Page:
Is it OK to cross your fingers but not hold your breath? I do however think that this may make a difference since the current stance is one of policy not doctrine and every policy has it's roots somewhere. The LDS church is not anti gun and has not forgotten it's persecuted past. In fact it recognizes the constitution as a divinely inspired document as a whole, including the second ammendment.

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    I actually view this as a bad bill. It should not be limited to CFP holders.

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    rpyne wrote:
    I actually view this as a bad bill. It should not be limited to CFP holders.
    If my intuition serves me correctly, this bill could actually be a good foundation for future legislation that would include open carry. If nothing changes for a couple of years (if) after this bill is signed into law, and all is well with businesses finding out that nothing really changed as far as danger etc..., then the path might be clear for OC legislation to move forward and finally force businesses open to the general public not to discriminate against OCers. It creates a denomination between those that conceal and those that don't, and it will have to be rectified at one time or another in the future on the basis of discrimination.

    Kevin
    If it isn't broke, then don't fix it, or you'll fix it until it's broke.

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    younggun20 wrote:
    Gun Violence Prevention Center board member Steve Gunn says increasing the number of fire arms can increase the danger.
    Funny coincidence's!

    The Bill is named 380! & the Anti-Gun Guy's name is Steve "Gunn!" :what:WTH!

    Utah Certified Concealed Firearms Permit Instructor
    NRA Pistol Instructor & RSO

    Lover of Freedom

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    Regular Member Rottie's Avatar
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    rpyne wrote:
    I actually view this as a bad bill. It should not be limited to CFP holders.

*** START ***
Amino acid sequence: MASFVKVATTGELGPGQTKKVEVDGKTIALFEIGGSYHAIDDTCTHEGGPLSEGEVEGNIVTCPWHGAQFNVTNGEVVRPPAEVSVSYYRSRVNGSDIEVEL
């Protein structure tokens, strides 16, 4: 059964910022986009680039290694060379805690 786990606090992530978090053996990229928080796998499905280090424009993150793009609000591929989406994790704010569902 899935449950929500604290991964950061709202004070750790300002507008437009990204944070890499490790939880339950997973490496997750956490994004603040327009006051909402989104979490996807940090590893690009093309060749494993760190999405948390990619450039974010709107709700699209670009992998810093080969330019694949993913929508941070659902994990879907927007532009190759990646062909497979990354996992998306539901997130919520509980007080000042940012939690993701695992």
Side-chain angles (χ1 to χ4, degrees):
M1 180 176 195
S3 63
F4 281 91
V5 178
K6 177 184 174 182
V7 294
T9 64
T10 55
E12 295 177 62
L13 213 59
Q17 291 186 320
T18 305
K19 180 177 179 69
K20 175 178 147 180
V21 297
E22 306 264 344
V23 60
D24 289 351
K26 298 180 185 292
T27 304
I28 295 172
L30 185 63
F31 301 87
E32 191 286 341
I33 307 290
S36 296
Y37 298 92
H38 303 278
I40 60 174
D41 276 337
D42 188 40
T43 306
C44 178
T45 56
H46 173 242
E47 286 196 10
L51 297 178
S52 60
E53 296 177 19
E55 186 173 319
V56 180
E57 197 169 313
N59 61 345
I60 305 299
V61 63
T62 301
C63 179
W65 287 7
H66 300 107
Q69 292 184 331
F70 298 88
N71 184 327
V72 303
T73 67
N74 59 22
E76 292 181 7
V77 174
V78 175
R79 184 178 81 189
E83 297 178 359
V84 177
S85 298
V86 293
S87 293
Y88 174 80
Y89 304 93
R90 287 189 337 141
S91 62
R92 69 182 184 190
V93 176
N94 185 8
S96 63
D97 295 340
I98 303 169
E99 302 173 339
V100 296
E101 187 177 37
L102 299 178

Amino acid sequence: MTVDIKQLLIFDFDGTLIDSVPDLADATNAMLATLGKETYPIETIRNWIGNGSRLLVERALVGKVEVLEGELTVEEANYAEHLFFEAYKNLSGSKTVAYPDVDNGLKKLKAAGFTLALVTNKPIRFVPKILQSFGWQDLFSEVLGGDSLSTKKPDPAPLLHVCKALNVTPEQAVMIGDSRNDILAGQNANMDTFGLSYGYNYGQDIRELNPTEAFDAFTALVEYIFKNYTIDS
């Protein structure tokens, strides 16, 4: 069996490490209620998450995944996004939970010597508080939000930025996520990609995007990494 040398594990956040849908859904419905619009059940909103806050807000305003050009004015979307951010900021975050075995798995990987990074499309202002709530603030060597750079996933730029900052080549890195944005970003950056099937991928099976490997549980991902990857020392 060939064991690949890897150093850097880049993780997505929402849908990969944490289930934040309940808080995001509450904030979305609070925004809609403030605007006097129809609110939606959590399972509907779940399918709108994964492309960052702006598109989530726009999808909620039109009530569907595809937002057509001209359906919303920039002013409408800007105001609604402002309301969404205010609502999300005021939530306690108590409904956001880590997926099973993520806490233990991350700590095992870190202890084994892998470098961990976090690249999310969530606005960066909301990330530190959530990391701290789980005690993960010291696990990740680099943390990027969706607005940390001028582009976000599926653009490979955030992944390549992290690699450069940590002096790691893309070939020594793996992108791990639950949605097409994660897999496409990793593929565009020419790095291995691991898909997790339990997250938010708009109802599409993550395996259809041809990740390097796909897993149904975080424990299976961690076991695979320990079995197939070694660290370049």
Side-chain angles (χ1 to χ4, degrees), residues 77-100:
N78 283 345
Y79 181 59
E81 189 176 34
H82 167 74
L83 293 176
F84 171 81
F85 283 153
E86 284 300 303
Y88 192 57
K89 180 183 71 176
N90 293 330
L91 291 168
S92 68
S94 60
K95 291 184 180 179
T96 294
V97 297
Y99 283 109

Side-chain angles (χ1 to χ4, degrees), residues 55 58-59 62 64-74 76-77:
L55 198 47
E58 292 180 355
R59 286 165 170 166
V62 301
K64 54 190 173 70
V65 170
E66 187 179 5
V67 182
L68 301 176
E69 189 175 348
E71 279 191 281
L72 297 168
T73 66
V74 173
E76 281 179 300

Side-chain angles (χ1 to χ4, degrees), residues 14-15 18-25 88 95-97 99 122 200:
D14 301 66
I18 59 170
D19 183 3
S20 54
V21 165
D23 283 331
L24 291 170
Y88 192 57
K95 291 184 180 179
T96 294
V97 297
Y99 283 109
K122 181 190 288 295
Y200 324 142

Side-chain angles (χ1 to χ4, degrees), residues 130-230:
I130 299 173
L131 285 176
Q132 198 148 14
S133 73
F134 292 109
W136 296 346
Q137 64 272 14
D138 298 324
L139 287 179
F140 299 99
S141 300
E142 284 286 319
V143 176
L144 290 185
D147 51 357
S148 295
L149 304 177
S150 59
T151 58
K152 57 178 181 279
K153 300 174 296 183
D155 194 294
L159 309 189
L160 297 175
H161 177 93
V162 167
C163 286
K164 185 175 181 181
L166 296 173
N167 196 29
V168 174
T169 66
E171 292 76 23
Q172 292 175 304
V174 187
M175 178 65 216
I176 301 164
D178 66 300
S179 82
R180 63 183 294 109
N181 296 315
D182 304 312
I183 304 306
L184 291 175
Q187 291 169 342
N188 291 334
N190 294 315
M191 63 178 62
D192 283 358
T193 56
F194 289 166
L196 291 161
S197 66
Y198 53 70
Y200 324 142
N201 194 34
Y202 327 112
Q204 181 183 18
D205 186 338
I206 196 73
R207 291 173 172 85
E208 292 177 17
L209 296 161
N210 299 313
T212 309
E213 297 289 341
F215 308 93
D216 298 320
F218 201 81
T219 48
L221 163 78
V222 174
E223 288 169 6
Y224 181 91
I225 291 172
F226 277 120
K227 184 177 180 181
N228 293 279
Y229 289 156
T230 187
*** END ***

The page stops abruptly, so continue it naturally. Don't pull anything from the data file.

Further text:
I disagree that this is a bad bill. When it is read closely, it is clear that the gun need not be concealed, solely that the person have a permit to carry a concealed firearm in order for the property owner toremain exempt from liability in the case the firearm is discharged without consent or fault of the property owner. I personally believe that if you are going to regularly open carry, you should have a permit for concealed carry as well so that you do not have to restrict or alter your daily movements by avoiding school zones. Remember that federal law (Gun Free School Zone Act-18 USC ss 922(q) ) prohibits the carry of a firearm within 1,000 feet of a school either public or private. My advice is either get a permit or a good map showing where school zones are. I think permits are less cumbersome.

    The only exceptions to this federal law is if you live within that 1,000 feet of the schoolor have a valid state issued CFP. Because it is against federal law to carry a gun within these school zones, it may (I am not an attorney) give law enforcement the authority to stop you and require that you prove you are not comitting a crime, by exemption, if you are spotted carrying a gun in a school zone.

    While I do agree with you that for the benefit of the property owner this bill should not just apply to those with CFP, it doesn't mean that as is this is a bad bill,it is just a slow start. It will take us time to educate property owners that change their stance to allow guns on their properties, that just because we carry openly does not mean we do not have a permit to carry concealed; and that if we do have a CFP and choose to carry openly in their stores, they are still exempt from liability.


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    Rottie wrote:
    I personally believe that if you are going to regularly open carry, you should have a permit for concealed carry as well so that you do not have to restrict or alter your daily movements by avoiding school zones.
    What if you can't get a CFP?

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    Regular Member Rottie's Avatar
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    If a person can't get a permit I suggest a good school zonemap because right nowwithout a CFP permit, the person would be subject to penalties prescribed by federal law through the guns free school zone act 18U.S.C. ss922(Q). My real hope is that Local LEO's will not harass those who carry openly in school zones by enforcing this crazy federal law. I would hope that none of my fellow OCDO friends who do not have permits end up in jail because they did not know they were in a school zone.

    I personally believe that the guns free school zone act is terrible. It should be repealed and the sooner the better. I also believe that unless you are a restricted person by utah law that you should be able to carry how and where you please including schools, churches, hospitals, and even court houses. Unfortunately this is not the case. I am interested to see what the Utah made firearms legislation will do to address this issue in the future.